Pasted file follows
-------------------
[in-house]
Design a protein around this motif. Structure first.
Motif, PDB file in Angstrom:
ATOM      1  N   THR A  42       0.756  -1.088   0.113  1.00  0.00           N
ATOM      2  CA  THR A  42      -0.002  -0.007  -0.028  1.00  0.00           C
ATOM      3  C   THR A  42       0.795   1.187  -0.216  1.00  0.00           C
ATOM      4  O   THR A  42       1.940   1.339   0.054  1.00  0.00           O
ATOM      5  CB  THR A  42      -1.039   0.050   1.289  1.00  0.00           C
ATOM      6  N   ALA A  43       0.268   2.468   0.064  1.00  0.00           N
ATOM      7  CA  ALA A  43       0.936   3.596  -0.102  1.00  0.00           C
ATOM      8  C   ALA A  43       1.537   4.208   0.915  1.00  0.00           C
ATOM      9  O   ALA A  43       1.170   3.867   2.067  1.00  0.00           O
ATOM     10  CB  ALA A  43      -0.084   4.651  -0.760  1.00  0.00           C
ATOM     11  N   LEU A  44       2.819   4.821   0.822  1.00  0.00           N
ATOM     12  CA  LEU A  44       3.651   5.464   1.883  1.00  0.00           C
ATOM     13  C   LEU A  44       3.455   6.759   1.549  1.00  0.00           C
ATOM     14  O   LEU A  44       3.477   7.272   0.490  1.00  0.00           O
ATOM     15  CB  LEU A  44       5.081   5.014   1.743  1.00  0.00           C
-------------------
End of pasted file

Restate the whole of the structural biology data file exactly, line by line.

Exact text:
[in-house]
Design a protein around this motif. Structure first.
Motif, PDB file in Angstrom:
ATOM      1  N   THR A  42       0.756  -1.088   0.113  1.00  0.00           N
ATOM      2  CA  THR A  42      -0.002  -0.007  -0.028  1.00  0.00           C
ATOM      3  C   THR A  42       0.795   1.187  -0.216  1.00  0.00           C
ATOM      4  O   THR A  42       1.940   1.339   0.054  1.00  0.00           O
ATOM      5  CB  THR A  42      -1.039   0.050   1.289  1.00  0.00           C
ATOM      6  N   ALA A  43       0.268   2.468   0.064  1.00  0.00           N
ATOM      7  CA  ALA A  43       0.936   3.596  -0.102  1.00  0.00           C
ATOM      8  C   ALA A  43       1.537   4.208   0.915  1.00  0.00           C
ATOM      9  O   ALA A  43       1.170   3.867   2.067  1.00  0.00           O
ATOM     10  CB  ALA A  43      -0.084   4.651  -0.760  1.00  0.00           C
ATOM     11  N   LEU A  44       2.819   4.821   0.822  1.00  0.00           N
ATOM     12  CA  LEU A  44       3.651   5.464   1.883  1.00  0.00           C
ATOM     13  C   LEU A  44       3.455   6.759   1.549  1.00  0.00           C
ATOM     14  O   LEU A  44       3.477   7.272   0.490  1.00  0.00           O
ATOM     15  CB  LEU A  44       5.081   5.014   1.743  1.00  0.00           C